Chris explained all these nitty gritty details to me, and showed me various diagrams, and so I understand it enough, but I’m still absolutely shocked that a part of the bus literally FELL OFF IN THE ROAD. Thank heavens it didn’t hit us!

They’re Vacations, Not Holidays

 Posted by at 10:01 on 2 August 2014
Aug 022014
 

Happy August! We find ourselves deep in summer trip territory with this turning of the calendar page. Ah, but what do we call those journeys?

If you’re American, they’re vacations, and you don’t necessarily get them very often. There is no national (federal) law requiring any paid time off to be granted to employees for vacation purposes; this falls under the benefits we look for when we job hunt, along with a raft of other things.

If you’re British, your summer trip is a holiday, and you’re guaranteed the paid time off, at least, by the law: every worker gets four weeks’ paid time off every year.

If you’re American, a holiday comes from the words Holy Day, so our holidays come from Holy Days: Christmas, Easter, Thanksgiving, Halloween, American Independence Day – what, you don’t think patriotism in America is a religion? Clearly you’ve not spent long enough in that culture. We’ve tacked on some more, of course: Presidents’ Day, Dr Martin Luther King Jr Day, Mardi Gras, Memorial Day, Labor Day, and New Year’s Day.

If you’re English or Welsh, days like those are called bank holidays, and aside from a scant few (namely, Christmas, Boxing Day, Good Friday, and Easter Monday), are just arbitrary Mondays throughout the year that create 3-day weekends. (There are one or two more meaningful bank holidays for the Scottish and Northern Irish.) The same ideas apply for bank holidays as for federal holidays as regards time off – it’s not guaranteed you’ll get those days off, that’s mostly for office workers, etc. Much of the retail and leisure sector operates as normal, or even at fever pitch, on those days, so obviously those workers don’t get the time off. In years past in the UK, they used to get some sort of compensation – double pay or paid time off later – but those rules have gone now, so they’re just treated the same as any other day on the calendar. In the US, some employers will pay 1.5x the regular hourly rate, but that’s entirely voluntary, and infrequent.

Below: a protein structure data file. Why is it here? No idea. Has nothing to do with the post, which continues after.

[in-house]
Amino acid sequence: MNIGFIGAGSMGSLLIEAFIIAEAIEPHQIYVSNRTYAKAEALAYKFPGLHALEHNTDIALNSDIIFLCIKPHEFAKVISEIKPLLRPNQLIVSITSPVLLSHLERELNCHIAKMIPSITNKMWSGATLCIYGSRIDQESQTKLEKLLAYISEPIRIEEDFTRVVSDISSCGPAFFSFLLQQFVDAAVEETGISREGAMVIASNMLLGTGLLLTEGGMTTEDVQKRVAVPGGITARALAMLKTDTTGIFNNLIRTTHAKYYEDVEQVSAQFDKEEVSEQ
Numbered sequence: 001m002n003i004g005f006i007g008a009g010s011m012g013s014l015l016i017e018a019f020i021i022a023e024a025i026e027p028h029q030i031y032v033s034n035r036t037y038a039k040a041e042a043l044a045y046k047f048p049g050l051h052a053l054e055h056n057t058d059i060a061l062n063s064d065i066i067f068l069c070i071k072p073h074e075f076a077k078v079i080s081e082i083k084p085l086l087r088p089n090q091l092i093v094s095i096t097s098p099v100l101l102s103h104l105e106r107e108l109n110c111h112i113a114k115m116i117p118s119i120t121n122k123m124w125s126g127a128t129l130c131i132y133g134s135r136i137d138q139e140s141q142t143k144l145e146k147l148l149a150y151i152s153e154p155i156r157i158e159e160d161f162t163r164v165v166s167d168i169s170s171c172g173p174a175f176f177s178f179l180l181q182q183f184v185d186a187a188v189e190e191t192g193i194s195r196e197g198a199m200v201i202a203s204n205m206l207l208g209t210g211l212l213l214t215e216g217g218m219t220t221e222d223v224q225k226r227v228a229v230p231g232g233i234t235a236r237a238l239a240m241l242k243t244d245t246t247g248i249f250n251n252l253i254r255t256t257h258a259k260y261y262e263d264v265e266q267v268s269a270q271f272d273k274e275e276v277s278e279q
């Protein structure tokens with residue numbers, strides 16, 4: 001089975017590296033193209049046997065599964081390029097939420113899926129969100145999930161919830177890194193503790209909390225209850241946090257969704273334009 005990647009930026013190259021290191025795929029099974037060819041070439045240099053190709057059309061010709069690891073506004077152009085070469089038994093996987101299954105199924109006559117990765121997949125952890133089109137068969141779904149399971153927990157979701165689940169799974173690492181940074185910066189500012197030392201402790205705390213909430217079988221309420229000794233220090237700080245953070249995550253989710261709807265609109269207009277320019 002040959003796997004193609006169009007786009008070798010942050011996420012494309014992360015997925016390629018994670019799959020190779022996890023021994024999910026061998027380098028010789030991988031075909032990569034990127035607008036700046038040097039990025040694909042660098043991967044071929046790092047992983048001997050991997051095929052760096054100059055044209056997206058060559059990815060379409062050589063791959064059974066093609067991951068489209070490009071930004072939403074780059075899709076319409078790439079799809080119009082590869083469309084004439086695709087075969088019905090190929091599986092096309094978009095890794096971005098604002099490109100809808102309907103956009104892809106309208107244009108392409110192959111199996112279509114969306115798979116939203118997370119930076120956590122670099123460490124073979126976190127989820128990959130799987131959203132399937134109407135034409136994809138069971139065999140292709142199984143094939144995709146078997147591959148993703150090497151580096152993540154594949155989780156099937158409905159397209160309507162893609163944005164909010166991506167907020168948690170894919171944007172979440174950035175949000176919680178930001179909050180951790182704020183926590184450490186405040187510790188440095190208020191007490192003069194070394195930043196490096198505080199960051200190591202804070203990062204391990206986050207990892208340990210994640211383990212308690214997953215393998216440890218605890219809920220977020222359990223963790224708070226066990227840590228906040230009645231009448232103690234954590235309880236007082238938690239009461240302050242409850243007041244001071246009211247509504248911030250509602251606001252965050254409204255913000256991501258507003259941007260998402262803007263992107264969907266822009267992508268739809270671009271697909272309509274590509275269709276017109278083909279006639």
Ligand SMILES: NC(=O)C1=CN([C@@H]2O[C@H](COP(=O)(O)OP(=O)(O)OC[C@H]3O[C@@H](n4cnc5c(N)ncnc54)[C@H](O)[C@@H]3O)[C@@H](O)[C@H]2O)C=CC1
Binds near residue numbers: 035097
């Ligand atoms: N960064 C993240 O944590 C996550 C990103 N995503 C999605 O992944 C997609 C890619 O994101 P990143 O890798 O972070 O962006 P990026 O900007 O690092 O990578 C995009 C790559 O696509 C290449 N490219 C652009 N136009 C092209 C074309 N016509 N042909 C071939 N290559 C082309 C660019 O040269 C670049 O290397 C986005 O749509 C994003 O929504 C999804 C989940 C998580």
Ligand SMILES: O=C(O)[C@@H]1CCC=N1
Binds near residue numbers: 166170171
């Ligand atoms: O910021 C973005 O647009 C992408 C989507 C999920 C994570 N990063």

So if you’re British, you “go on your holidays” or you “go on holiday” or you’re “off on your jollies.” Americans will “go on vacation” or … other things that escape me right now. (My fellow Americans, chime in in the comments!)

If you’re British, and you’re trying to make a date with a friend but look at your diary and see that you’re going to be on your jollies some 100 miles distant that week, you’re away. If you’re American, you look at your calendar, phone, or planner, see the same thing, and tell them you’ll be out of town.

Another aspect of breaks is the staycation. In the US, this generally means you have time off work/school/etc, but stay in your house. Perhaps you arrange a series of day trips, or perhaps you just sleep in and enjoy not having to put on your uniform each day, or whatever. In the UK, because vacations have been for some years decidedly things that involve going abroad, when the term came across from the US, they adapted it to mean staying in the country. I give you the chart from the Office for National Statistics showing this – this is the federal government’s statistics arm:

staycationchart

(GB here means Great Britain: England, Wales, and Scotland.)

This brings me nicely to another point about vacations: because the UK is so small (remember, it’s only the size of Louisiana and Arkansas put together), and because there are many other countries nearby, it’s really common for people to go abroad at least sometimes – even school trips will sometimes go abroad. It really breaks my English friends’ brains when they realize that most Americans go through their whole lives without once going abroad … but then, most of them don’t ever realize just how BIG the US is, so you can have all manner of vacations and experience many different cultures without ever leaving the country. I try to tell them: it’s over twice the size of the EU; it doesn’t really sink in. Indeed, what Chris and I began to suspect on our US road trip last year was that for the most part, it doesn’t really register even to those living there just how vast the country is, until you really go out and explore it.